When we receive Christ and are saved, we are God’s sons & daughters.  He has imputed His righteousness onto our account (irreversible) and made us part of His family forever.  *See Romans 4:5-9, 16.  Ephesians 1:4-5 says that is His desire [will] and choice that has brought us to Him – that’s impossible to fight against.  John 1:12 says that we believe and become His children.

2. COVENANT

Marriage covenants are strong, but they are secondary to that of Christ’s covenant with His people (Ephesians 5:25-26).  God hates divorce because if gives a false picture of His faithfulness (book of Hosea).  When we are saved, God covenants with us – never to leave or forsake us (Heb. 13:5, 20).  All believers should expect to share in the marriage supper mentioned in Revelation 19 as His Bride.

3. UNCONDITIONAL LOVE

God’s love is greater and stronger than whatever man can do.  I didn’t do anything to earn or deserve God’s love, so it is also true that I cannot do anything to make Him stop loving me.  He loved me when I was still a sinner (Romans 5:1-11).  God can’t love me any more or any less – just look at the cross for the most compelling example of this kind of love.  While this doesn’t mean that God saves everyone or that He overlooks sin, it does mean that, because He hath set his love upon me, I can be assured of eternity through grace and faith.  *See John 5:24, 6:37-40; Titus 3:4-5.

4. GRACE

God’s grace is connected with His power … and He is far too strong to ever let me go (1 Peter 1:5)!  His gracious commitment to me when I commit my soul to Him precludes my past sins and all my future sins (Phil. 1:6).  God agreed to save me when I was 12 yrs old – even though I hadn’t even committed the bulk of my sins yet.  He knew what I was going to do, and still He graciously saved me from my sins.  Just as my acts of goodness cannot count toward my salvation, neither can my acts of sin and selfishness count against it.  I was saved by grace, and grace is always victorious over sin (Ephesians 2:8-10)!

5. CHASTENING

As a child of God, I understand God’s discipline (Hebrews 12:5-11).  He does not treat me like a convict feeling the need to constant punish (Romans 8:1).  He understands that I am flesh and will require training… and I’m thankful.  Some would say that sins destroy my relationship with God, but John writes in his First Epistle that my relationship with Christ is secure (sin only jeopardizes my fellowship with Him).

6. PETER

The chosen Apostle’s example is one of great encouragement to the worst of sinners.  Peter committed the worst of sins  — the ‘unpardonable sin’ of denying Christ (blasphemy).  Not only once, He denied three times (Mark 14:66-72).  Three wasted opportunities.  The third time he even swore with an oath.  Did not Christ tell Peter that any man denying Him would be denied before the Father (Matt. 10:33)?  Yet Jesus didn’t just throw away this soul to Satan!  He didn’t give up on Him, quite the opposite… He gave Peter three ‘second chances’ to voice His love for His Savior (John 21).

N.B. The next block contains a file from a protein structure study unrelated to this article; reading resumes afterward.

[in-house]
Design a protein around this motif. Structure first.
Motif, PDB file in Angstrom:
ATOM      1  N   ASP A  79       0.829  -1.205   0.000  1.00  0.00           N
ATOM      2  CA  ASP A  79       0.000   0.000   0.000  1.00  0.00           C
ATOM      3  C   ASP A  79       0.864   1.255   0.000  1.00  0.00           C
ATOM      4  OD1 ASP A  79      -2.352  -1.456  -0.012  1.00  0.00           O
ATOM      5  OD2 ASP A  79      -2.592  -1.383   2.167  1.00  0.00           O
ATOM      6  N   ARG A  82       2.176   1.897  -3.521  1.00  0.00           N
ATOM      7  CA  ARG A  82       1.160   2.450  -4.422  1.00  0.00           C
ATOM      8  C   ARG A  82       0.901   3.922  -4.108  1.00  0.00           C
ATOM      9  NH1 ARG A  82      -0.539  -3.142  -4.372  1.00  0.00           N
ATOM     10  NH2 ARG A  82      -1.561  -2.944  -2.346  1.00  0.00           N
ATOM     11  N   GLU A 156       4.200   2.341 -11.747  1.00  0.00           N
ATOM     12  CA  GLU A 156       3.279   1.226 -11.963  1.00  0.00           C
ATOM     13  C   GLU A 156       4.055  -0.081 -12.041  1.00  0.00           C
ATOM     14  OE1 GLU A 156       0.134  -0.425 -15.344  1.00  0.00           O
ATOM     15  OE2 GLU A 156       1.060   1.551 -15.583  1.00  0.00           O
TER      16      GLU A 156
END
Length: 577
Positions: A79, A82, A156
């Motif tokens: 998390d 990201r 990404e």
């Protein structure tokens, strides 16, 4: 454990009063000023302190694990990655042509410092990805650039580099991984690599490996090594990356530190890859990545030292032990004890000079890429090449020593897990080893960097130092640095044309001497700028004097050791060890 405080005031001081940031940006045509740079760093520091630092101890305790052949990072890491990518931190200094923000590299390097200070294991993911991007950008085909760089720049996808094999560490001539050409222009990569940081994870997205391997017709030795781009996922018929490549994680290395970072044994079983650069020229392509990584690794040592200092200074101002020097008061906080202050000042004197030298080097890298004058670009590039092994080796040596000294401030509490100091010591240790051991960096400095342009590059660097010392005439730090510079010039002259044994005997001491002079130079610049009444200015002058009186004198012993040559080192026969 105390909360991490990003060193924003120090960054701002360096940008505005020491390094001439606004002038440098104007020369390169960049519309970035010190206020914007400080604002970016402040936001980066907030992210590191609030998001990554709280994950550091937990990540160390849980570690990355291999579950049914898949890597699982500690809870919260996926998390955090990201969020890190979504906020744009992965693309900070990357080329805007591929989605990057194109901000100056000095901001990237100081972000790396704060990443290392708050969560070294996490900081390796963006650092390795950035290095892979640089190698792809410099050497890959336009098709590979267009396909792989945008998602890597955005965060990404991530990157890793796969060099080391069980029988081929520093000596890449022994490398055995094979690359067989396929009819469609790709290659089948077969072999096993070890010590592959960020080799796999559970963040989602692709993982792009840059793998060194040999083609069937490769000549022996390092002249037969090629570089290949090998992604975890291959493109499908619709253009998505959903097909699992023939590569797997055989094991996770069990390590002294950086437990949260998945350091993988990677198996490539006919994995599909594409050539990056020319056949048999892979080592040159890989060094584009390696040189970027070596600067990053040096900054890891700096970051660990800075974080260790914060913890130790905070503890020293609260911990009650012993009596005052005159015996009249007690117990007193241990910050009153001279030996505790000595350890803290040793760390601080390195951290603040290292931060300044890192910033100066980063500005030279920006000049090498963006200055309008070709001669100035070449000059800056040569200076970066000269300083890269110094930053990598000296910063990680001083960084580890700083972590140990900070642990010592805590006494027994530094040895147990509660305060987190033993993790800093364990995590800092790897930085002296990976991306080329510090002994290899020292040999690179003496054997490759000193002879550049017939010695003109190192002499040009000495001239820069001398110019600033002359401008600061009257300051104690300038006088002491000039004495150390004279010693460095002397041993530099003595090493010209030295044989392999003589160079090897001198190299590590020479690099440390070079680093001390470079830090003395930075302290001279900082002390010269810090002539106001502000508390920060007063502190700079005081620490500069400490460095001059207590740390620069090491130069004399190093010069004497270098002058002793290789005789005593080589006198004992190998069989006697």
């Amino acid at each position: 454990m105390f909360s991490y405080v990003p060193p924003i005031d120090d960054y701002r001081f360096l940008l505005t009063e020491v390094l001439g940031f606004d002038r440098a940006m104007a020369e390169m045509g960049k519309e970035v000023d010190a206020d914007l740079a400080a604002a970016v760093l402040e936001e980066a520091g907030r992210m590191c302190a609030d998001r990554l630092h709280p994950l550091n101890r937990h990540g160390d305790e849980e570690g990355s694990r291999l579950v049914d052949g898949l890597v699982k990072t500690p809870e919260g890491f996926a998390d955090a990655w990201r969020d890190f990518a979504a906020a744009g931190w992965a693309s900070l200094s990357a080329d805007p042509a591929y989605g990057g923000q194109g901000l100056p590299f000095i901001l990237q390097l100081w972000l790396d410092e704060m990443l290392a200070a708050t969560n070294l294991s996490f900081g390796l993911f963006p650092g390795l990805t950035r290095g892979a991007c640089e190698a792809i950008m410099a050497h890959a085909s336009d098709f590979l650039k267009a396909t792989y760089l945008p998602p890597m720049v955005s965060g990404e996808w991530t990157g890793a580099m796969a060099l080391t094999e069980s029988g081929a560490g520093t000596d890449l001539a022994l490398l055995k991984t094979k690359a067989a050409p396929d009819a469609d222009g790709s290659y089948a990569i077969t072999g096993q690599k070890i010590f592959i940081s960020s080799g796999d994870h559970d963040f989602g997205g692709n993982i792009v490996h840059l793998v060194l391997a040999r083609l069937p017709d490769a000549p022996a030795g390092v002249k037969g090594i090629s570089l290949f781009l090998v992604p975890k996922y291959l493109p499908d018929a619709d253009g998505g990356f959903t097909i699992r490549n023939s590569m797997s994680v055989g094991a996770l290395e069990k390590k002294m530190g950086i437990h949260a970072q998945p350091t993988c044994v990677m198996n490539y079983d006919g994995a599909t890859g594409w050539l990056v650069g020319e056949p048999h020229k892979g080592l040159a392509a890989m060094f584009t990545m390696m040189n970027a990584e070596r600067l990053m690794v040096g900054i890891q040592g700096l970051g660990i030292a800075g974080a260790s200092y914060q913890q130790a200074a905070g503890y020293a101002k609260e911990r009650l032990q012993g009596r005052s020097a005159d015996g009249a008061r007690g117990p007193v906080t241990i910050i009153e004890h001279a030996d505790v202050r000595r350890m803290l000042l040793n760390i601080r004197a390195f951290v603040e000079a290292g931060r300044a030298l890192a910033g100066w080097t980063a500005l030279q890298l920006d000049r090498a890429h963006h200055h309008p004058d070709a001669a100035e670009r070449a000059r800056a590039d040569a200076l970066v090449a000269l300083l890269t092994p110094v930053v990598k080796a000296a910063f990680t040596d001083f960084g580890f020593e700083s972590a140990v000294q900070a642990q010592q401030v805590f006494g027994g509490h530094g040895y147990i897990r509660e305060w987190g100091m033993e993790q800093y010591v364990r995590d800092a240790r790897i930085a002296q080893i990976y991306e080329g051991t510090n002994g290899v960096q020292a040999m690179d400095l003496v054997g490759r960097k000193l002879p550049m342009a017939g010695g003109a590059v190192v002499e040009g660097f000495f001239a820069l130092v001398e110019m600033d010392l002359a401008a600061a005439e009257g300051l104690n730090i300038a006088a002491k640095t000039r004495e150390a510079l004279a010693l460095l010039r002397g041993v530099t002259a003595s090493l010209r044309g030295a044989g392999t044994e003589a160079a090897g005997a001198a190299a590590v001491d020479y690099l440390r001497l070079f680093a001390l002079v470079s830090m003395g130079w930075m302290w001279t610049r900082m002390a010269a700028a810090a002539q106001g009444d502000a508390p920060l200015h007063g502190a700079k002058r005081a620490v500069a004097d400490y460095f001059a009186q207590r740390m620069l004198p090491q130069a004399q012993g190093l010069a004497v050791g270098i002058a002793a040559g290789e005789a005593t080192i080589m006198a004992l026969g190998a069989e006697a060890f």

7. SO MANY SCRIPTURES

Is God indecisive?  Is the Bible divided?  No!  Yet some would question hundreds of clear Bible teachings (teaching eternal security) because they do not understand a dozen vague passages (seemingly implying insecurity of salvation).  The whole of Scripture has a singular teaching about salvation… either the Bible teaches you CAN or you CAN’T lose your salvation – not both.  Over 10:1, the Scriptures teach that eternal life is a present possession (1 John 5:12) given to those who receive Christ by faith (John 6:37, 10:28-29), guaranteed for our assurance and faith (1 John 5:13-14) to the intent we believe even more.

>> There are far more reasons, this is just a quick list that is personal to me… please add your own reasons in the COMMENTS, below!  Thanks.

What about QUESTIONABLE PASSAGES?

*I must admit that I don’t have all the answers!  I firmly believe that many false teachings have been born out of a person’s inability to say “I don’t know” and leave it at that.  We long to be dogmatic and know that we know certain things.  We must agree to study and search the Scriptures, comparing verses with each other, drawing conclusions that gel with the whole of the Bible.

*Let context rule!  Many cults and false teachings are based in the very same book I’ve built my life on.  Consider the audience, date, dispensation, literary type, etc.  of difficult passages.  For example, John 15:6 is part of a parabolic teaching (Jesus doesn’t really give me sap or expect me to grow grapes on my fingers and toes.  So why would I isolate the fire as literal ‘hell-fire’?).  Also, Hebrews 6 is a difficulty to many, but it was written to Messianic Jews.  Don’t try to apply verse 6 to your experience… it is simplify understood when you consider the author is speaking of the Jews who lived along side Jesus and saw His life, miracles, death, and resurrection first-hand, yet did not believe.  He says that if they didn’t believe that, what else would they believe – there’s not another Jesus coming to save them (10:26).

Article by Patrick Nix

@patchnix